Sometimes a trailer does precisely the opposite of what it intends to do: dissuades you from going to see a movie. That was my experience when I saw the trailer for Ben Lewin's film The Sessions; it made the movie look sappy, syrupy and sentimental. I gave it a shot, though, if only because it sported a terrifically impressive cast, led by John Hawkes, who's been doing great work the last few years.
The good news is that, contrary to the trailer, Lewin has delivered a solid drama for adults (no, really, Helen Hunt is naked all over the place), and Hawkes offers up another great performance.
The movie—opening Friday, Nov. 2, at Hillcrest and La Jolla Village cinemas—is based on the writings of Mark O'Brien, a journalist and poet who spent much of his life in an iron lung after a childhood bout with polio left him paralyzed from the neck down. Despite his difficulties, O'Brien, the subject of an Oscar-winning short documentary in 1997, enjoyed a great deal of success in his life. Up until the period where the film begins, however, he didn't do so well with the ladies. When he was in his 30s, he decided it was time to lose his virginity, and he did so by hiring a sexual surrogate, Cheryl Cohen-Greene, who's played by Hunt.
Inherently, then, this is a movie about sex, but in reality, it's a film about intimacy, and about how Cohen-Greene helps O'Brien come to terms with himself and his body. Lewin plays it straight, and though there are occasional sex jokes, they come naturally. There's little that feels forced, especially in Hawkes' performance. The key is that he doesn't portray O'Brien as angry. Quite the opposite, in fact—the character is a genuinely great guy, regularly drawing stares as he zips around Berkeley on a custom-built gurney. He's charming and funny, but he's not a clown or a stereotype.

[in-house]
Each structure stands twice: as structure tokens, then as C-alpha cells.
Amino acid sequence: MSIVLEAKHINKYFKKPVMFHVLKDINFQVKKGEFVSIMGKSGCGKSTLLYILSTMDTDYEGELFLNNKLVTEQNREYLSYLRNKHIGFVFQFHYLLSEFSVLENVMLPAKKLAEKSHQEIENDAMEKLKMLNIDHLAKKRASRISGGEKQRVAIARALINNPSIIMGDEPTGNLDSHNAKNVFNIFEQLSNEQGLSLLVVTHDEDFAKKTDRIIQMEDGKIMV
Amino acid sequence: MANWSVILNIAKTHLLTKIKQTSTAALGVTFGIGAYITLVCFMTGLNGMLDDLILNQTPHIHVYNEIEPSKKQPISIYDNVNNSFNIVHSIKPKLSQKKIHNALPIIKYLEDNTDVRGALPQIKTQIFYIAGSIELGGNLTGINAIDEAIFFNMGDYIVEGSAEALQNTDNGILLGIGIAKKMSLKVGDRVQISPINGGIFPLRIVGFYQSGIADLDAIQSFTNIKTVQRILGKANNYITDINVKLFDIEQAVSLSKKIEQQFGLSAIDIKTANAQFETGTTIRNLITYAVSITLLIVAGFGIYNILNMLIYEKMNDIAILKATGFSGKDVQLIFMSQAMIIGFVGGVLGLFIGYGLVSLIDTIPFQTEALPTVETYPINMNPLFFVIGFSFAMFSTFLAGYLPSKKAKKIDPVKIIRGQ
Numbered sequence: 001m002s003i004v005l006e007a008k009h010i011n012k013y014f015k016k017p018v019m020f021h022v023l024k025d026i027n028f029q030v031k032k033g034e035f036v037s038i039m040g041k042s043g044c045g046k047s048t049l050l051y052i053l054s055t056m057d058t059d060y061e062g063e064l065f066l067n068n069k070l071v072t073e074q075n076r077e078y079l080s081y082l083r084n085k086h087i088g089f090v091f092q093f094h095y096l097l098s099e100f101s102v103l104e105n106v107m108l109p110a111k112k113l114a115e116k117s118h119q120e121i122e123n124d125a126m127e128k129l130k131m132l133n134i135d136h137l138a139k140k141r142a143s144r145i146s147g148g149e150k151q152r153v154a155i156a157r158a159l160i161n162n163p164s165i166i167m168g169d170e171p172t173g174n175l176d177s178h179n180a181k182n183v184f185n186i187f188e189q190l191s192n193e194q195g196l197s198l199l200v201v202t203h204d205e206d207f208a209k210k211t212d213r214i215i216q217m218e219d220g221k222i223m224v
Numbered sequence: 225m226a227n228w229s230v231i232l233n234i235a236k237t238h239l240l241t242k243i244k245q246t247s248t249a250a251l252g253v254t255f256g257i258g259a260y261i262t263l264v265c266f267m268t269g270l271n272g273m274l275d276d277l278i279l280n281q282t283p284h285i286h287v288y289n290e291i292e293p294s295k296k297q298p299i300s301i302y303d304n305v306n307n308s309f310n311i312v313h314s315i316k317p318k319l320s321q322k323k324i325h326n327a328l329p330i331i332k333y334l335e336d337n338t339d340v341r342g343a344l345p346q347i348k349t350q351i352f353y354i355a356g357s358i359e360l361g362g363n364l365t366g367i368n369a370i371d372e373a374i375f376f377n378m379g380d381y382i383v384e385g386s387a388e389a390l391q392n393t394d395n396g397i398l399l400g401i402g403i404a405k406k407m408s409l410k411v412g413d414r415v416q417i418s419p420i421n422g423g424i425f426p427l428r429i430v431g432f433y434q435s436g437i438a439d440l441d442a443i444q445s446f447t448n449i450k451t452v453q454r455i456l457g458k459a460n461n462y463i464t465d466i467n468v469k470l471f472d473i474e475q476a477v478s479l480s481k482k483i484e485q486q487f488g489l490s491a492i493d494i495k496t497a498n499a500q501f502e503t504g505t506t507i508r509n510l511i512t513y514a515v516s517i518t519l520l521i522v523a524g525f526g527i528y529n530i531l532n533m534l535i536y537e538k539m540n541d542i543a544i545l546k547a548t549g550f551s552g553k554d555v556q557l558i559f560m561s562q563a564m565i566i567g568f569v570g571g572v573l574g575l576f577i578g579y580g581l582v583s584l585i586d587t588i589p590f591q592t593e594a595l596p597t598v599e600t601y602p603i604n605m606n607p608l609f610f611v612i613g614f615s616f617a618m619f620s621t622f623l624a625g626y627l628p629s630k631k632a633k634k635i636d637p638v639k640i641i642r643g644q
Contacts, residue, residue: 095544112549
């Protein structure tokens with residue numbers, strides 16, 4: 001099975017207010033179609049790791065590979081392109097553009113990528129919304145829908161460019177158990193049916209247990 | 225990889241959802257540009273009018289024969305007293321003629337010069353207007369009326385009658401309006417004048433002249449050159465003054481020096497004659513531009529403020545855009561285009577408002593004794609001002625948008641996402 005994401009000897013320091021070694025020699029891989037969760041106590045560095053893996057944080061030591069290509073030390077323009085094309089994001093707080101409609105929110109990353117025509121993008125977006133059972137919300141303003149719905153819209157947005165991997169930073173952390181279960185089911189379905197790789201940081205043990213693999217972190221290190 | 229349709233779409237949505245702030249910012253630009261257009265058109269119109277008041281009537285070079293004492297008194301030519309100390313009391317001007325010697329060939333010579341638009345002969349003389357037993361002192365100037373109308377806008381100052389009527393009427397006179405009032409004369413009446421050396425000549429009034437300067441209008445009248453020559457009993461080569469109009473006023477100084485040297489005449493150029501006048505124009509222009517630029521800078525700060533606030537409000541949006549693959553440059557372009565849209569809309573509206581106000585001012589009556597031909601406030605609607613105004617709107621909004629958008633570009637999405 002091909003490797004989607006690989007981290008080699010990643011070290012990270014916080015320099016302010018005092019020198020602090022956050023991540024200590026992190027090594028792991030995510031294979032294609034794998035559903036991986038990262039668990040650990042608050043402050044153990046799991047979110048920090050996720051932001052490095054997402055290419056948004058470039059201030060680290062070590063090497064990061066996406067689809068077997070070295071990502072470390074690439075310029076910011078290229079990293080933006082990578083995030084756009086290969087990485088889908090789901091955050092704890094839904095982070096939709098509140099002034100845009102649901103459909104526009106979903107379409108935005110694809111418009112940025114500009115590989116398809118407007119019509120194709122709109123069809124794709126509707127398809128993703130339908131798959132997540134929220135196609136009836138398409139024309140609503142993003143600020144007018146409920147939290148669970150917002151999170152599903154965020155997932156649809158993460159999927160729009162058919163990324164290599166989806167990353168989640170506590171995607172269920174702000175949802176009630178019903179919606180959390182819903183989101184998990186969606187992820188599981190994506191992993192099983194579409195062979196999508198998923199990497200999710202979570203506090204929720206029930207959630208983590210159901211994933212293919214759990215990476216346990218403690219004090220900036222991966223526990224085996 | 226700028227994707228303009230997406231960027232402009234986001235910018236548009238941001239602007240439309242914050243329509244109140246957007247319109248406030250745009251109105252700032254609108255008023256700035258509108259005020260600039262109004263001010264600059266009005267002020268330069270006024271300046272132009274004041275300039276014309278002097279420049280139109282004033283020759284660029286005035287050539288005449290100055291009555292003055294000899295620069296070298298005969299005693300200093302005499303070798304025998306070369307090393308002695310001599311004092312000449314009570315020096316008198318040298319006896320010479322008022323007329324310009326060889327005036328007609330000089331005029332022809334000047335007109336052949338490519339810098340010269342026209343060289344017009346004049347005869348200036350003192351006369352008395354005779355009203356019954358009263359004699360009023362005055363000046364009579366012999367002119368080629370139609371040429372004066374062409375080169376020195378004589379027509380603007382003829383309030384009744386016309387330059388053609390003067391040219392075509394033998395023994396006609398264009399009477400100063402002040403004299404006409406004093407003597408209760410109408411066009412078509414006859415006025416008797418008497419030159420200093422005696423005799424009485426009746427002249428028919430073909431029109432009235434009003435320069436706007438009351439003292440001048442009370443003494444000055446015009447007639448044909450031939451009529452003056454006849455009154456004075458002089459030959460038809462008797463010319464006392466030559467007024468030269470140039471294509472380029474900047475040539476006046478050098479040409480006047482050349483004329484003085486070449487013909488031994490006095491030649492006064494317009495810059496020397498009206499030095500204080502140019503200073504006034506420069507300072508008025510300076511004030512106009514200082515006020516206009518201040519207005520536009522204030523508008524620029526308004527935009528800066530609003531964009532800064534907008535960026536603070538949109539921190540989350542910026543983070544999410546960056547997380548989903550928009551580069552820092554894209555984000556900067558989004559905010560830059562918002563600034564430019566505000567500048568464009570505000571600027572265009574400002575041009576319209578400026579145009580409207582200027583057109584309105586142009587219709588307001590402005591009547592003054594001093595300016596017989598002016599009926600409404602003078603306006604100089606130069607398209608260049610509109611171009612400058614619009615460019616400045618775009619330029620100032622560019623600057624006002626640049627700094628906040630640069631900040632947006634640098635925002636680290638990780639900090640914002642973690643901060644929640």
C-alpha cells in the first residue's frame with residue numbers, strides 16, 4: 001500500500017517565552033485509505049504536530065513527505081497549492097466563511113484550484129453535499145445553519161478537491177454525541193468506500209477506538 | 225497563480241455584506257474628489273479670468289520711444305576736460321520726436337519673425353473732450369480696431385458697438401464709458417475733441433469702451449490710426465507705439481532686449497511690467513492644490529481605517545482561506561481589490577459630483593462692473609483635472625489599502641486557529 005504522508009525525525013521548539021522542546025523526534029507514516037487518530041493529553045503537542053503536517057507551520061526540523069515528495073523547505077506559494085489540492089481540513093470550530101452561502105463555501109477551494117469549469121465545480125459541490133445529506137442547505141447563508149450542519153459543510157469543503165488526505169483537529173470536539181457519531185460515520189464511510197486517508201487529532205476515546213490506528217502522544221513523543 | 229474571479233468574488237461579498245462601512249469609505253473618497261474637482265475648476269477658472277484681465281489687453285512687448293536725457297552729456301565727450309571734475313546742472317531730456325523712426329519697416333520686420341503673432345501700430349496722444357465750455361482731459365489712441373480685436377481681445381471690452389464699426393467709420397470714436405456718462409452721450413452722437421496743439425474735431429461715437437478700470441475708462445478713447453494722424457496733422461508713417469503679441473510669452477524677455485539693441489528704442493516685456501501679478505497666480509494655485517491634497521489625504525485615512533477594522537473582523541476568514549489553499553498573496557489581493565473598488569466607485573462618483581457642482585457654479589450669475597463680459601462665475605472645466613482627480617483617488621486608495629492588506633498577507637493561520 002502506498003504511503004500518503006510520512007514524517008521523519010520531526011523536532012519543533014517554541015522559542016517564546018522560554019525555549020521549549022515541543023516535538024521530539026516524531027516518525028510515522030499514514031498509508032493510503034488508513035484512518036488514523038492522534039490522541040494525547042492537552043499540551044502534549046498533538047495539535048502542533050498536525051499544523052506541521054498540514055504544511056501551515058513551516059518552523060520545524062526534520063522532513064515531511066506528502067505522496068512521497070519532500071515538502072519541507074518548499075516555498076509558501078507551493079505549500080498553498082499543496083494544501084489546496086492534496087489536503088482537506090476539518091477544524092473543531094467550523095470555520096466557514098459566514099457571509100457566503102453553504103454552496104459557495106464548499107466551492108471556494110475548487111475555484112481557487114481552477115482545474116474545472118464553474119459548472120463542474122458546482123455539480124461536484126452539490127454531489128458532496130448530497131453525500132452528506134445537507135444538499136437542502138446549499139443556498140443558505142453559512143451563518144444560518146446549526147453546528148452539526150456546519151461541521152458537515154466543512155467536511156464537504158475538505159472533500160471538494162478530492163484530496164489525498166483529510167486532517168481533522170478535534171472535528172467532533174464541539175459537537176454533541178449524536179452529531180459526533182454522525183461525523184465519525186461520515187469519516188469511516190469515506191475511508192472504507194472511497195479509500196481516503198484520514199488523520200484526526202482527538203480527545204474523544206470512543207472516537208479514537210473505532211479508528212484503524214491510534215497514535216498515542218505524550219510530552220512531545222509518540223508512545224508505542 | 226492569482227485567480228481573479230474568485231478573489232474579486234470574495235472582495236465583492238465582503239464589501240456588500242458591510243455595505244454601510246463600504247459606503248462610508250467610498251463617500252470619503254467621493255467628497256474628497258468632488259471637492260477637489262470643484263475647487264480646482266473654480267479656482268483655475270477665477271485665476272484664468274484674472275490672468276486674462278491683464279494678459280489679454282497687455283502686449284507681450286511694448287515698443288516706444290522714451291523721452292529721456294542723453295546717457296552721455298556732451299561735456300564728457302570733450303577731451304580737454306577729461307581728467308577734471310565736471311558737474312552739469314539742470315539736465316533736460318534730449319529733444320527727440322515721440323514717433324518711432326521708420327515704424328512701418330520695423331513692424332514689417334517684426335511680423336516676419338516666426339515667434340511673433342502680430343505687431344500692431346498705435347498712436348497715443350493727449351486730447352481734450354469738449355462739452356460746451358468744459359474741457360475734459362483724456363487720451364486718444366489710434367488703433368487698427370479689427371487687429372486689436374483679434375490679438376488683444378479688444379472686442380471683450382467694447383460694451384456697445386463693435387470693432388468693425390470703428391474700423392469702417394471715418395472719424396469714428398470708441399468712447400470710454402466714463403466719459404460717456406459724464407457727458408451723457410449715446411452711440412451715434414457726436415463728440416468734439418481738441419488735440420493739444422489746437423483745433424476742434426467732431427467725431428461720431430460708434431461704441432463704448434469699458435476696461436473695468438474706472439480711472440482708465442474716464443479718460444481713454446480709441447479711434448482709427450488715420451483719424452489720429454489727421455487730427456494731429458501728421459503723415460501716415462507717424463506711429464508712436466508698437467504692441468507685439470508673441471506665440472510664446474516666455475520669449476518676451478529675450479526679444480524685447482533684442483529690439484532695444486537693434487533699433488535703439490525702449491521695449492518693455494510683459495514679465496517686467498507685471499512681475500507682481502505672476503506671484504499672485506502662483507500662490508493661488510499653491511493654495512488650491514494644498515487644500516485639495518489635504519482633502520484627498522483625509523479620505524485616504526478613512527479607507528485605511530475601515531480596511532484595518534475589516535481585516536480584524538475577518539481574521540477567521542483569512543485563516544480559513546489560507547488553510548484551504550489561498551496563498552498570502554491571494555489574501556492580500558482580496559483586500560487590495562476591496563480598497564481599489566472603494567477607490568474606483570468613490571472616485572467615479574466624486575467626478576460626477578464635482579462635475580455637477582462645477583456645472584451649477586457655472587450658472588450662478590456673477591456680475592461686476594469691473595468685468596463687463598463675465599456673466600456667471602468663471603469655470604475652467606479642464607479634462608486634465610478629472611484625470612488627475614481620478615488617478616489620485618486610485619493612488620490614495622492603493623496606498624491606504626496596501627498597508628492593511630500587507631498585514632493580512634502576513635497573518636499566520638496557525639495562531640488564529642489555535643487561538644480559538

Hawkes also taps into the terrible loneliness that plagues so many people with disabilities. In many ways, O'Brien has come to terms with his body, but in others, he rages against the unfairness of his situation, though he's unable to express his frustration physically. Hawkes' is a rich, layered performance, and it's done almost entirely without moving (in fact, the actor was immobile so much during the course of the shoot that he did a bit of damage to his body). This is so different from the work that Daniel Day-Lewis did for his Oscar-winning turn in My Left Foot, but it's no less valid, and the moments of intimacy that O'Brien and Cohen-Greene share are really quite lovely.
The rest of the story—how Cohen-Greene becomes attached to O'Brien as he grows infatuated with her—you can see coming. But O'Brien's relationship with his priest (William H. Macy) is compelling because it forces both men to examine their faith through a different light. It's an interesting conundrum for Macy's Father Brendan—whether he can absolve O'Brien of the sin of sex out of wedlock, considering the circumstances. It's a religious perspective we might expect out of Berkeley in the 1980s, but not so much from a Catholic priest in these modern times.
Perhaps what's most important about The Sessions is that Lewin—who suffered from polio himself and uses braces to walk—has his own understanding of disability, and he doesn't use it as a crutch for his film's central character. It's rare these days that a character in a film or on TV who has a disability isn't defined by that trait, but Hawkes' O'Brien defines himself by who he is as a person, not what his body has become. And since he's able to do it, the audience can, too.